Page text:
- Apricot Tree: Can You Really Grow It On Your Own? - November 29, 2021
- Lavender Tree: How Soon Your Can Expect Your Tree To Grow? - November 2, 2021
- Bottle Brush Tree: Can You Grow It In Your Own Yard? - November 2, 2021
Bottle brush tree (Callistemon spp.) has bush-like, cylindrical flowers that resemble a typical bottle brush. The plant belongs to the Callistemon species and is commonly found in Australia’s more temperate regions, particularly on the east coast. Bottle brush trees favor moist conditions.
As such, regular watering makes them grow well in gardens. Many growers use some species in ornamental landscaping while other species are drought resistant. Bottle brush tree is famous for its red, firework-like blooms and cascading branches. The bottle brush tree’s bristle-like, cylindrical red flowers appear in the summer and spring as a fast-growing tree.
However, these blooms also appear in the fall occasionally. The flowers can attract butterflies, bees, or hummingbirds since they boast prominent, showy stamens. It has gray-green, shaggy bark covering its branches with gray-green, narrow evergreen leaves.
How to Identify Bottle Brush Tree
You will know exactly where the bottle brush tree gets its name with one look at the plant; the blooming flower spikes at their stems’ ends that typically look like a bottle brush. Most bottle brush tree varieties produce crimson or red blooms all summer long, whether as small trees with about 15 feet tall or in shrub-form.
These dynamics make bottle brush trees a vibrant addition to the landscape. A very mild climate is suitable for bottle brush trees, and peaty, rich soil with good drainage is perfect for new plants. Growers may expect smaller plant yields each year with aggressive pruning, and delicate, careful pruning will encourage bottle brush trees to grow larger.
How bottle brush flowers grow cylindrical like a brush gives off the plant to be called bottle brush tree. Typically, these delicate flowers are white, orange, pink, or red and appear nearly fluffy. In addition, bottle brush trees have narrow leaves and dark to light green color. These leaves give the plant an even more attractive appearance with their clumps growth.
These trees can grow to become relatively large to about 15 feet tall, with a cluster of flowers about 12 inches long. However, bottle brush trees are pretty hardy, and you can prune them down a bit to grow them in containers.
Several plant experts have cultivated bottle brush trees within and outside Australia, even though you can find them mainly in Australia’s more temperate regions. These trees thrive well in hardiness zones eight through eleven in the US, though growers can grow them in containers since they are perfect for greenhouses.
Some of the bottle brush trees’ types are:
- Needle bottle brush (Callistemon teretifolius)
- Wallum bottle brush (Melaleuca pachyphylla)
- Cliff bottle brush (Callistemon comboynensis)’
- Alpine bottle brush (Melaleuca pityoides)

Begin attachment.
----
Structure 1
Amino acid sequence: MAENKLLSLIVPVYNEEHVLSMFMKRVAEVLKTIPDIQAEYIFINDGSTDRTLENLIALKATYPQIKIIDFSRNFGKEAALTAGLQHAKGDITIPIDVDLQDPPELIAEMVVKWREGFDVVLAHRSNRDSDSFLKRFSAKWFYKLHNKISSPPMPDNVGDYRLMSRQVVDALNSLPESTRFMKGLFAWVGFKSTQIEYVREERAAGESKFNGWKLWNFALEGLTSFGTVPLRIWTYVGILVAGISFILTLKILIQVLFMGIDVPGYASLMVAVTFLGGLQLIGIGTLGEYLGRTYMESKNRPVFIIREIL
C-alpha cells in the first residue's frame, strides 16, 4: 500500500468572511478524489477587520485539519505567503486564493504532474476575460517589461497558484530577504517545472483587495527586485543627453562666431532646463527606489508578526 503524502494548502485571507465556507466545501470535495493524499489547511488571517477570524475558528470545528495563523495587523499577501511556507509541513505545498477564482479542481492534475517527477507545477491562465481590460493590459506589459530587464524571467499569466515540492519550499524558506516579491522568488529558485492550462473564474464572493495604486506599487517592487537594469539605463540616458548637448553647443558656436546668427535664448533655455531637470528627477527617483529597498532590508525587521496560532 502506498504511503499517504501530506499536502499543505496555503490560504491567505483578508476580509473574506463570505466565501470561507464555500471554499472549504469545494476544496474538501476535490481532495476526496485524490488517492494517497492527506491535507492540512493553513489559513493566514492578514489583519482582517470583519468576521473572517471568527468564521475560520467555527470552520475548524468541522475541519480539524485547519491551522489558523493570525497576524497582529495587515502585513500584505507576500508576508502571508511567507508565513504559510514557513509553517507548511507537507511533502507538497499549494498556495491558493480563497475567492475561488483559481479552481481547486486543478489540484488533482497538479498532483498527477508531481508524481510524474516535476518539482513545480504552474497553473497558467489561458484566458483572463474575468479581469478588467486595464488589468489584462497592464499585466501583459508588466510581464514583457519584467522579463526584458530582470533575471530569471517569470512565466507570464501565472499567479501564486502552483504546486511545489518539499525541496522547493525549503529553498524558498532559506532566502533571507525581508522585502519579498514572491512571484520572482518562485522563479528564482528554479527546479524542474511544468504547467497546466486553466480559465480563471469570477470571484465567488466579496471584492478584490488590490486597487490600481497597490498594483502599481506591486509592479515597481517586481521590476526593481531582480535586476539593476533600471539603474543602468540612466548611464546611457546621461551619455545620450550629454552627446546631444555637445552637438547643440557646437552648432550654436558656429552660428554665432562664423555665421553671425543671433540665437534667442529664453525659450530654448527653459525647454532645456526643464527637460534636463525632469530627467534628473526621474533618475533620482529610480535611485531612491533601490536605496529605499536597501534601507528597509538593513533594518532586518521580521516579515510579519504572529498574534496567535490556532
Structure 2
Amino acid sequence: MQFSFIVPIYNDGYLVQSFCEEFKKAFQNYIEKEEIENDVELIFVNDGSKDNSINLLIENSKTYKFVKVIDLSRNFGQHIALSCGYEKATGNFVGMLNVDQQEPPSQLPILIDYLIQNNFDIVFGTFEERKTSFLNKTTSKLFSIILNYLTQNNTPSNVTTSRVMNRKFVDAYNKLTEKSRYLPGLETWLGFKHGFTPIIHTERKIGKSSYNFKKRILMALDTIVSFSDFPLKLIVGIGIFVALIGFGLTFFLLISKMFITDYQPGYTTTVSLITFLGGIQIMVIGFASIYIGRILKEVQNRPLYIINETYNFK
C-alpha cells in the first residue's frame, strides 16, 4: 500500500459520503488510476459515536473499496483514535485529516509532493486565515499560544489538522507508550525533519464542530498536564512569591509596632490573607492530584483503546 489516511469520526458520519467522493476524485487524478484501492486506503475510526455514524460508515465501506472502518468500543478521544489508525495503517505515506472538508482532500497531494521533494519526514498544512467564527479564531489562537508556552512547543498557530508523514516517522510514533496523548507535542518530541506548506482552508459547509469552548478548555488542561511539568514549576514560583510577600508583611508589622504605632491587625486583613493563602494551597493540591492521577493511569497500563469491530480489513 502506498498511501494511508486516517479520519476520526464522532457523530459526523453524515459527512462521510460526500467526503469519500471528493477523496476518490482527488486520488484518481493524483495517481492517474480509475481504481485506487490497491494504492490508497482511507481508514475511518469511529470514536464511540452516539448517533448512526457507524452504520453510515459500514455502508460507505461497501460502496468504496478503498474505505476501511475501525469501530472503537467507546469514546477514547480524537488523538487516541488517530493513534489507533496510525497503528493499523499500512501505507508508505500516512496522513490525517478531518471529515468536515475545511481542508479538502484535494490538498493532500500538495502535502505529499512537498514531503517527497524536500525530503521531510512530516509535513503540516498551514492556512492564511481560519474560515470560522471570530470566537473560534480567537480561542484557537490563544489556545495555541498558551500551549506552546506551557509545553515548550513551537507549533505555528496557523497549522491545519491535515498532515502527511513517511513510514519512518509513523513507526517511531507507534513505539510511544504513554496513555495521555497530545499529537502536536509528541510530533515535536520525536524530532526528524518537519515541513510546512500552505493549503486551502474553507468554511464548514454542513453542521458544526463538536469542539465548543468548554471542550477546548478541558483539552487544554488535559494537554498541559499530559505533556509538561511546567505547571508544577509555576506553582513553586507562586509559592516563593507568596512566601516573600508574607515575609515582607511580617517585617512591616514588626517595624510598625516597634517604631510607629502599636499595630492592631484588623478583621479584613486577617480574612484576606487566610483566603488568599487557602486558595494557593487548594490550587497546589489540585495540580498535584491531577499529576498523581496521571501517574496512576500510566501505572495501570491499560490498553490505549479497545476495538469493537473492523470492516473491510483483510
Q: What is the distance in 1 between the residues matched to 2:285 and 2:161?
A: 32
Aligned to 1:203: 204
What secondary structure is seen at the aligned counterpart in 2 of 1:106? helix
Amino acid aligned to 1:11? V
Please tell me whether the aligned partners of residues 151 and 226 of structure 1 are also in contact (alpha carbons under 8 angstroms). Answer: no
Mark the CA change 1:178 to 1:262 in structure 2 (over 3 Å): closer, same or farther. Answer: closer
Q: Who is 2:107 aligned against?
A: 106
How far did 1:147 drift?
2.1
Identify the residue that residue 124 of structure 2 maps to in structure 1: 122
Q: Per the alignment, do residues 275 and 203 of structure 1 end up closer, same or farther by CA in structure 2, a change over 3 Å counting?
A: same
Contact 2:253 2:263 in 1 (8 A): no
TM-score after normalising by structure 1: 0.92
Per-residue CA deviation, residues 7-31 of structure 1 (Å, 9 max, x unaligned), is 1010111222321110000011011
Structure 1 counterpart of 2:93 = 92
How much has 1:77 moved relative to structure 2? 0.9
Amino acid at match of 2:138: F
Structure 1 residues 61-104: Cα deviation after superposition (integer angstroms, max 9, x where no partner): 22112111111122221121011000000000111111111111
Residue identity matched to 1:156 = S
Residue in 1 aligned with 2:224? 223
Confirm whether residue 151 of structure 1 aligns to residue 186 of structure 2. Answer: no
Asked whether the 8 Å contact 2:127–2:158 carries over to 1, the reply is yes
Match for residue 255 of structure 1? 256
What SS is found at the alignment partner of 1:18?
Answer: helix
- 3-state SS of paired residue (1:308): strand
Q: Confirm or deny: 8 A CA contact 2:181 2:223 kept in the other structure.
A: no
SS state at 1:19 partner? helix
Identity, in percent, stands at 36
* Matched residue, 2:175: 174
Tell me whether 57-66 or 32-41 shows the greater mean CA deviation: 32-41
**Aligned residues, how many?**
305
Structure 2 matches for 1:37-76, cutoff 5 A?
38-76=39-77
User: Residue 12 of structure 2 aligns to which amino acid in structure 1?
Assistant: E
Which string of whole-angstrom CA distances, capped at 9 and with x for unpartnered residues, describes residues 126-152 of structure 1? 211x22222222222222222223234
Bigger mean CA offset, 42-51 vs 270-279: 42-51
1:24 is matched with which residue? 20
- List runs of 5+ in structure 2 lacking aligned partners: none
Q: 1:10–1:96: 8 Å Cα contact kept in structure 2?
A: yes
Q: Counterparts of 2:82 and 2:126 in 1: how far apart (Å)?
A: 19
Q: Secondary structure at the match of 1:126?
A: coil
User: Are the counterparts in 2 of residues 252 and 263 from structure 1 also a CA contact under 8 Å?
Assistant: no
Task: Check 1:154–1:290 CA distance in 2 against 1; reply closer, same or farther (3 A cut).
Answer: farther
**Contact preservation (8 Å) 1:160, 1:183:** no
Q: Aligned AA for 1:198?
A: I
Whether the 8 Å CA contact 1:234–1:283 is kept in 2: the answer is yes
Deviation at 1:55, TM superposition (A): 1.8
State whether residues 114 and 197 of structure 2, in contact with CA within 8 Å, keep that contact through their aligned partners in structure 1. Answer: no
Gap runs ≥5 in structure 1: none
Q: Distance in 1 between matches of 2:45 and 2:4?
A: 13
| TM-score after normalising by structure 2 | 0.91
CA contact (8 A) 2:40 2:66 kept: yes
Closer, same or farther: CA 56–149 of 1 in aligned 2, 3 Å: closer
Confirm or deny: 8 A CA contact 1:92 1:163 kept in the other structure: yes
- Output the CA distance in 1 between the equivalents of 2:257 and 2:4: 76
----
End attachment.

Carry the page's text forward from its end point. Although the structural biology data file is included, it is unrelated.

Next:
- Lemon bottle brush (Callistemon pallidus)
- Albany bottle brush (Callistemon speciosus)
- Stiff bottle brush (Callistemon rigidus)
- Creek bottle brush, weeping bottle brush (Callistemon viminalis, Melaleuca viminalis)
- Crimson bottle brush (Melaleuca citrine)
Where Does Bottle Brush Tree Grow?
You can find plant experts or growers planting bottle brush trees in Australia’s temperate south or tropical north, and they use wet conditions to grow them, including prone-to-flood areas or along creek beds. However, bottle brush trees can thrive well anywhere outside Australia with tropical and hot climates. As they grow well in pots, these trees also make striking greenhouses or conservatory plants.
When grown in some parts of Europe, bottle brush trees will grow well in certain regions. However, they are not hardy outdoor plants in all parts of the country. They will grow well in some coastal areas of the US and urban gardens’ sheltered spots.
Suppose you want to plant bottle brush trees outdoors. In that case, they are more tolerant with mixed borders, especially when connected with other Australian or Mediterranean plants with drought-tolerant foliage, including rosemary, hebe, or salvia.
Essentially, your bottle brush trees will also be more comfortable with other flamboyant tropical varieties like Chinese rice paper plants, palms, or yucca. However, bottle brush trees may not have cottage-style planting as a great companion.
Bottle brush trees require a sheltered, sunny position away from cold winds. With that, the perfect border is a southwest or south-facing wall, including conservatories, patios, city gardens, or courtyard gardens. You can also expect healthy growth with the smaller varieties.
Uses of Bottle Brush Tree
Many people use bottle brush trees for many things, and when it comes to traditional uses, one of the primary uses of bottle brush trees is the plants’ essential oil that people use to harmonize a house or room to bring tranquil healing vibrations.
Also, Australian indigenous people use trees as a natural energy drink. The Jamaicans also use the plant to treat skin infections, diarrhea, or gastroenteritis as a hot tea treatment.
People also use it for bed-wetting in children and urinary incontinence. In addition, women use bottle brush trees for excessive menstruation to cleanse the genitourinary tract. Many people also use bottle brush as a diuretic or to relieve urinary tract issues.
Other uses include:
- Using it for fuel
- They use the wood for tool handles since their woods are rugged, heavy, hard, and close-grained
- People obtain a tan dye from the flowers without any requirement of a mordant
- They also use the shrub as a foundation plant around parking lots, in borders, and on water pool sides for landscaping purposes
How to Grow Bottle Brush Tree from Seed